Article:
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  • @ David August 5, 2020 5:56 PM

    If not Worrell then what about Boyce whom OSA dubbed the Quisling?

    At least the man has played for both political sides in the economic and fiscal management game and knows the strengths and weaknesses of the Bajan political economy.

    @ Tron: If the Downlow(e) can make a return to be one of the vile snakes of the DLP Medusa why not the Big Sinck?

    After all, both he and your red Majesty share more than just a birthday.

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  • @Miller August 5, 2020 6:30 PM

    Mia has towards Big Sinck simply maternal feelings, wants to protect the weak and challenged with their decimals.

    Therefore, I could well imagine the fallen Minister of Finance joining the ranks of the BLP. One could put him in charge of the asylum in Black Rock. Big Sinck is a specialist here and would certainly have an excellent relationship with the inmates.

    Or Mia sends him on a suicide mission to a failed state enterprise plus election observers in the Caribbean. As I predicted, she took down OSA with it. With Big Sinck, that would certainly work too. The conditions in Guyana, Haiti and Surinam are particularly suitable. There, people are just disappearing 😉

    Like

  • Let me declare at the outset that Dr. Alan Palmer the author of the article below is a Doctor of Chiropractic, not an MD. Readers can come to their own conclusion as to the value of his advice about the importance of reinforcing the immune system with good nutrition through diet and with the use of nutritional supplements like Vitamin C, D3 etc. when necessary. He suggests our prime goal should be to reinforce the immune system’s natural, inherent ability to fight off disease to lessen the need for having an automatic reliance mainly on pharmaceutical drugs and vaccines to protect human health.

    The Shunning of Nutritional Science and Self-Care in the Public COVID-19 Narrative
    Editorial by Dr. Alan Palmer, Contributing Writer (Childrens’ Health Defense web site)

    [CHD Note: This is Part Three of a four-part series. In Parts One and Two I outline the case for the terrain being the most important consideration when it comes to outcomes from infectious diseases. The terrain represents the health of the individual, their nutritional status, their environmental exposures and surroundings, their access to clean water, personal and public hygiene, etc.]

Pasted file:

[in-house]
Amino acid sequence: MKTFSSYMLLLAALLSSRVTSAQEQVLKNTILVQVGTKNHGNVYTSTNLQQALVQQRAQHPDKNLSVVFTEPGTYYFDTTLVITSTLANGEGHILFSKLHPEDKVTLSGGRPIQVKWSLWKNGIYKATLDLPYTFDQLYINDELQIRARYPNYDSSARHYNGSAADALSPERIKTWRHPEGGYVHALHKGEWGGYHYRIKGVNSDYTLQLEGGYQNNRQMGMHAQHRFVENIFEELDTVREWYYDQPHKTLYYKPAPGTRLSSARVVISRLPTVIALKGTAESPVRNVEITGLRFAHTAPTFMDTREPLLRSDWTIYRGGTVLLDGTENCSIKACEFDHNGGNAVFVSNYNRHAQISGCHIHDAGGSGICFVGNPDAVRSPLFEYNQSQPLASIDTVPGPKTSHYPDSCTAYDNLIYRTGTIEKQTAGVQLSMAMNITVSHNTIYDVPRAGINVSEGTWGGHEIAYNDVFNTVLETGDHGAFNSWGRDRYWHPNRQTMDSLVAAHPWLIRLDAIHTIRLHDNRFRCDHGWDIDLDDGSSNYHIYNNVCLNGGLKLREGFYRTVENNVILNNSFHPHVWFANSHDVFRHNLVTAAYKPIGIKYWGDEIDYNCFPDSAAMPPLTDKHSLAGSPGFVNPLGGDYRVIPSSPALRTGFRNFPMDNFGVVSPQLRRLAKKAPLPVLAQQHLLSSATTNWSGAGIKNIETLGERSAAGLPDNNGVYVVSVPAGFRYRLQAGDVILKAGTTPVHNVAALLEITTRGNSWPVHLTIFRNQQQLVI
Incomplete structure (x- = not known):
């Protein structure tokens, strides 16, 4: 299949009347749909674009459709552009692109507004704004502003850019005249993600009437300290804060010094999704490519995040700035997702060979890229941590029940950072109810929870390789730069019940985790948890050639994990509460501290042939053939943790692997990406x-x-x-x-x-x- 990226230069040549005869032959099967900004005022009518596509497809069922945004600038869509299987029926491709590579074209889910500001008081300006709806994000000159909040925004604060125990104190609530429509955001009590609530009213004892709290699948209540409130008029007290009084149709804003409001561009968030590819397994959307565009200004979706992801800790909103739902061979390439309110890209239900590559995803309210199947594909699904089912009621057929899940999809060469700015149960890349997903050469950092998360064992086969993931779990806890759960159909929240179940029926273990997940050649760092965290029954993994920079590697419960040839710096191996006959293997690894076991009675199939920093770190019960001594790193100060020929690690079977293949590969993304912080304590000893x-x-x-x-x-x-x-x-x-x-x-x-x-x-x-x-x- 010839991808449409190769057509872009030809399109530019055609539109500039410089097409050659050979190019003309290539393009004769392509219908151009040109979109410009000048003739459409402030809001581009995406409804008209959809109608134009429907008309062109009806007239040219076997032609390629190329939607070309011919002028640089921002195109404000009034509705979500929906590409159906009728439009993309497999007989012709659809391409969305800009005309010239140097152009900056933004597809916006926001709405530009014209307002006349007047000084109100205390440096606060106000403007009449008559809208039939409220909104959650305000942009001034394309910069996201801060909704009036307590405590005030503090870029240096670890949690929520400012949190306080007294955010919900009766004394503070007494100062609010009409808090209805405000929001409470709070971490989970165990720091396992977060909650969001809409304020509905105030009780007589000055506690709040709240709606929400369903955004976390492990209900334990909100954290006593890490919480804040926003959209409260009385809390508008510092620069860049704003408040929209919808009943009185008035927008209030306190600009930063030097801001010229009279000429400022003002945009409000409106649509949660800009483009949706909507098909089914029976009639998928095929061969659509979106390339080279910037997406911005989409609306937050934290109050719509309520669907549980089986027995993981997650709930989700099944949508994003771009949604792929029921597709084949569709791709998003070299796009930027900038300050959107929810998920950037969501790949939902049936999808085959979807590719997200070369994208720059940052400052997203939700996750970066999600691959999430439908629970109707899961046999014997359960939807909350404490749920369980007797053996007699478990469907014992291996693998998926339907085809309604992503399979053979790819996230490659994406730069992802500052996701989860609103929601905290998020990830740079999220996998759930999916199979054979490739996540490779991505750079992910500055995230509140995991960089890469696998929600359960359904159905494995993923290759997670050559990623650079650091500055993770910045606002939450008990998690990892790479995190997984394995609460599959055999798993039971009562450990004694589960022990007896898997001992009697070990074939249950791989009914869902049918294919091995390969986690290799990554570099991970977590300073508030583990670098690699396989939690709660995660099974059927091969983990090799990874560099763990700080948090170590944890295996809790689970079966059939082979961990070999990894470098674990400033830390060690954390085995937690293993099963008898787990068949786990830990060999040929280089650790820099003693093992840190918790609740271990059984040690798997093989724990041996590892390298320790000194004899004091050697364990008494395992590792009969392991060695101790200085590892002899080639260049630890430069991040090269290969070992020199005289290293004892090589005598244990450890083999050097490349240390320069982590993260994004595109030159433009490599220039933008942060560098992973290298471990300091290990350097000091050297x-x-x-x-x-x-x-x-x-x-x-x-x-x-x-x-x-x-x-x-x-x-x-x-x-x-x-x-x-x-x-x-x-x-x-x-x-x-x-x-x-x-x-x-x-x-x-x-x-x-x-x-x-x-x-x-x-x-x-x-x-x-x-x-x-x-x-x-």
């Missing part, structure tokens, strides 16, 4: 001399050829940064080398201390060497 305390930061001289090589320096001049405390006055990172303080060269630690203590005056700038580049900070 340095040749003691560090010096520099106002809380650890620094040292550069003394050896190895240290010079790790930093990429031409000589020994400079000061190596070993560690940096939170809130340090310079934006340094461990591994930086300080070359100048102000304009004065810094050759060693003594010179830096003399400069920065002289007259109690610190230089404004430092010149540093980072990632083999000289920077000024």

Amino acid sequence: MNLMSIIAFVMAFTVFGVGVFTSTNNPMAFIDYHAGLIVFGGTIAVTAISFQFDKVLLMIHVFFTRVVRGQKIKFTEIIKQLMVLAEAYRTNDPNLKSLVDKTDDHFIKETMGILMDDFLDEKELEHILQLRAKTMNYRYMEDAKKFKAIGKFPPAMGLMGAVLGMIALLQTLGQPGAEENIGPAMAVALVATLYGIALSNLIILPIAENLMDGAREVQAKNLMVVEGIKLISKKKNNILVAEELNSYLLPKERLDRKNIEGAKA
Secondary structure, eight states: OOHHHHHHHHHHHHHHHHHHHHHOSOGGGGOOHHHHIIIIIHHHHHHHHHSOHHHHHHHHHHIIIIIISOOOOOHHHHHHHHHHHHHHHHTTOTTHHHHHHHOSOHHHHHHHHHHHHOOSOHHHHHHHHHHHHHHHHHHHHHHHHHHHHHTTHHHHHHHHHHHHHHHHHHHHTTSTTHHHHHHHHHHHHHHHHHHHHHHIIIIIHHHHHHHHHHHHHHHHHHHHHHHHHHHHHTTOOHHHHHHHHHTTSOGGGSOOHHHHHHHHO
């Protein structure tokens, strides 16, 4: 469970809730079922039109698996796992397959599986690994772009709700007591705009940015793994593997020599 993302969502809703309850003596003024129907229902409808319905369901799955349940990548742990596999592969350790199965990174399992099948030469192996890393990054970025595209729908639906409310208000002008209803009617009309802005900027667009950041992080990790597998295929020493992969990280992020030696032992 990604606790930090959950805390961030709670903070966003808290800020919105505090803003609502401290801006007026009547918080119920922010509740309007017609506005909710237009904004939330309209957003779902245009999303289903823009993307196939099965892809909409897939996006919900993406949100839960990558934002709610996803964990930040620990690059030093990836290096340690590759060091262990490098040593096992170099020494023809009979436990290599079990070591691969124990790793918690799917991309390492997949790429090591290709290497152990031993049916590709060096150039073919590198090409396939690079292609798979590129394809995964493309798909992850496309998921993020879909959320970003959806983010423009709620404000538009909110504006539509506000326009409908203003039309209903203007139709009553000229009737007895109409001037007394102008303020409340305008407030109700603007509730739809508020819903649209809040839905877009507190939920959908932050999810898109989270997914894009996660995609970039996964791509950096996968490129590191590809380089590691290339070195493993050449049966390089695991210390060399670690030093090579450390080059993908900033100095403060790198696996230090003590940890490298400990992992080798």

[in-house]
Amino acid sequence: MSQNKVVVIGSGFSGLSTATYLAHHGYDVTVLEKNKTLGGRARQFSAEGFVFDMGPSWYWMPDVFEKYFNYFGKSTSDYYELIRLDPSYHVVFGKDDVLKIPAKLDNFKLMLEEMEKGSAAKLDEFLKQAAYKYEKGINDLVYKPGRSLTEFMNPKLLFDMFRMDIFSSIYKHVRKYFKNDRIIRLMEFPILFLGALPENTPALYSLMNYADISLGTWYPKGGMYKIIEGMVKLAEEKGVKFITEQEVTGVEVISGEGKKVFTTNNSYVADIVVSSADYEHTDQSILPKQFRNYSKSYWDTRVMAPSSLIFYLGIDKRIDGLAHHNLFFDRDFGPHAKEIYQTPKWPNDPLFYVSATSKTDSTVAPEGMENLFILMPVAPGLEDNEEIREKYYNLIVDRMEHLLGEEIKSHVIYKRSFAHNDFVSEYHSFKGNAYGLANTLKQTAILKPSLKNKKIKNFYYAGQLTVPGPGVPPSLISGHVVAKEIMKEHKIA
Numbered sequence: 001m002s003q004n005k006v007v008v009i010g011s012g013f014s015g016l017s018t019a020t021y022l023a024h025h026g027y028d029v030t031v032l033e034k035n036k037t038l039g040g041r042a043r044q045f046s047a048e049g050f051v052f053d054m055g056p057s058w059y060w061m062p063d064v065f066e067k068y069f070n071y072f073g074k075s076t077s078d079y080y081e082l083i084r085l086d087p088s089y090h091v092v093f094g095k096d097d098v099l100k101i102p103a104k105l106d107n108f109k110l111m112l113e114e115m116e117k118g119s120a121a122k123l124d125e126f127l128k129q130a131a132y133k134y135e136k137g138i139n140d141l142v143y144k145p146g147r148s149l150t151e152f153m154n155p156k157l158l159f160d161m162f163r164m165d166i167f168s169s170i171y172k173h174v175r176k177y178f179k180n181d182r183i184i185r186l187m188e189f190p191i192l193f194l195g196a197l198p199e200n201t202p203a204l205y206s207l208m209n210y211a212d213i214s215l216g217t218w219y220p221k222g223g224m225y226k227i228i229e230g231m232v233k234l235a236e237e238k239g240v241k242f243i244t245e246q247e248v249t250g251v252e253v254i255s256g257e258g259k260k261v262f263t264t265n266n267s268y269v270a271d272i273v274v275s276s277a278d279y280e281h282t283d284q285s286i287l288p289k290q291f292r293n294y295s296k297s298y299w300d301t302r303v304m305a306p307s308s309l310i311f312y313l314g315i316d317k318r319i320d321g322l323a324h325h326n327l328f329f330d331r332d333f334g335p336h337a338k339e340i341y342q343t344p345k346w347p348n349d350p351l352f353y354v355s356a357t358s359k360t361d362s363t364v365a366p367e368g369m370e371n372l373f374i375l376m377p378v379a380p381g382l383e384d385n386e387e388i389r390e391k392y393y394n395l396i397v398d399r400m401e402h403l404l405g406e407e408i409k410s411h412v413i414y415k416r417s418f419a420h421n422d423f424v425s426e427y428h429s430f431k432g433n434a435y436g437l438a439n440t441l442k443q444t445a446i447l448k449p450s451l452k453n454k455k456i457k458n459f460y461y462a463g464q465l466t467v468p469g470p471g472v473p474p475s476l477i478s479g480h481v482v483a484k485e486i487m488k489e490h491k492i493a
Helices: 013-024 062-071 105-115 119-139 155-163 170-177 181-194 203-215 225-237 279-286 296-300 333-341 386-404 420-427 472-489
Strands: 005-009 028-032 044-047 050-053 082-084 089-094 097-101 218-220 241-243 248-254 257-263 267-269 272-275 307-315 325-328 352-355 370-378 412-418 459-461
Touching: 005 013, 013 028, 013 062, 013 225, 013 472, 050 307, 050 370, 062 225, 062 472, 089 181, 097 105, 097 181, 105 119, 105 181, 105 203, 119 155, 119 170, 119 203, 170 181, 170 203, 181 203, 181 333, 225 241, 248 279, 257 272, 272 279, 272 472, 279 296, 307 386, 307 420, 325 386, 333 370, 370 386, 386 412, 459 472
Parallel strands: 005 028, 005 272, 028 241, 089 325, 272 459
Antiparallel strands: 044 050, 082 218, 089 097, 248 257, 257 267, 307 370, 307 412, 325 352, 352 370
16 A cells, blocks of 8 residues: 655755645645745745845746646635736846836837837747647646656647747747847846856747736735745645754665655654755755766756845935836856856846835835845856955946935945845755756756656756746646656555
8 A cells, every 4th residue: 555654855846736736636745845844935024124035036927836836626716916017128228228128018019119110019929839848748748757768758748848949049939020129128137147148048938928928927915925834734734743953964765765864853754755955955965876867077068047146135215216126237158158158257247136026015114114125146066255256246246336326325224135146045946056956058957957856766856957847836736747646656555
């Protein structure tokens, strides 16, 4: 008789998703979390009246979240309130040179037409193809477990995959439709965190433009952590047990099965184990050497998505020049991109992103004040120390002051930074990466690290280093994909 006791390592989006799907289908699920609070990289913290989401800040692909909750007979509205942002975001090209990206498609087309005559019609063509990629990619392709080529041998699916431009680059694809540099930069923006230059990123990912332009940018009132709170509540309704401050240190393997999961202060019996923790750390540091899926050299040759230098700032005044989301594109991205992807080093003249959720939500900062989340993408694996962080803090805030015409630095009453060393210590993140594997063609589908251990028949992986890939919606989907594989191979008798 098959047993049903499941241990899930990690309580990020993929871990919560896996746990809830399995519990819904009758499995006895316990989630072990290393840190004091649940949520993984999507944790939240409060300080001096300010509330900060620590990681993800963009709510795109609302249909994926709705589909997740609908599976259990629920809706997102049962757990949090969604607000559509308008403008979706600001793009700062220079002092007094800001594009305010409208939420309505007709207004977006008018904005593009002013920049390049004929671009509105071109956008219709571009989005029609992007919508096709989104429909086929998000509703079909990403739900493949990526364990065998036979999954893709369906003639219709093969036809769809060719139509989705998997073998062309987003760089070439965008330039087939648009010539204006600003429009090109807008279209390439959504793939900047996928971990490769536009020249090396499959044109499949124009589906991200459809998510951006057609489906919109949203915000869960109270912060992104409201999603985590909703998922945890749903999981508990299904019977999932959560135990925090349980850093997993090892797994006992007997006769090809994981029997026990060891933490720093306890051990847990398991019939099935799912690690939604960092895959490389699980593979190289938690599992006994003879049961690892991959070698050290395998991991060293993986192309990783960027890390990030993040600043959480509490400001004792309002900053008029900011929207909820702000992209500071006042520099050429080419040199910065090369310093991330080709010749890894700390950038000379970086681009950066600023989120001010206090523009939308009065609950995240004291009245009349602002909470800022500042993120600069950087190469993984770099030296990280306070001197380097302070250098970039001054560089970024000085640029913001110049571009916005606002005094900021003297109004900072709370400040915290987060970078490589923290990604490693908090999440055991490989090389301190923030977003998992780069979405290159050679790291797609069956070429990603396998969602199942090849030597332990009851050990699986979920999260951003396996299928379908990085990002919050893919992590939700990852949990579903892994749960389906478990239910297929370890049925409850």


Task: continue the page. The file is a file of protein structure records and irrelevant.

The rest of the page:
( FYI, hyperlinks to Part One, “Why Has Everyone Seemingly Forgotten How the Immune System Works?” and Part Two COVID-19—Lessons from History and The Power of “The Terrain” are available by clicking the link below for Part Three. Part four has yet to be published. /GM)

    The incredible partnership between the miraculous human immune system and nature

    The biochemistry of how the intelligence of the body operates is truly remarkable. And the immune system is a symphony of players that when all working properly and in concert, make beautiful music together. Beautiful unless you are a pathogen. When working in harmony, the different players in the immune system are truly a formidable force to be reckoned with. They seek, identify and destroy the intruder. Rather than using a drug that often has risks of side effects to “kill” the infection, this approach fortifies and builds the body’s own defenses and mechanisms to fight the offending microbe and then clean up the mess and debris afterwards. This includes upregulating white blood cells and immune regulatory players like macrophages, natural killer cells (NK cells), neutrophils and monocytes. As an example, vitamin C greatly increases numbers, activity and effectiveness of macrophages, NK cells, neutrophils and monocytes. Human beings can’t make our own, so we have to get it from diet and supplementation. Vitamin C demands increase substantially during times of stress, injury and infection. Therefore, it is essential to meet those demands with increased consumption when you want your immune system to work at it’s best.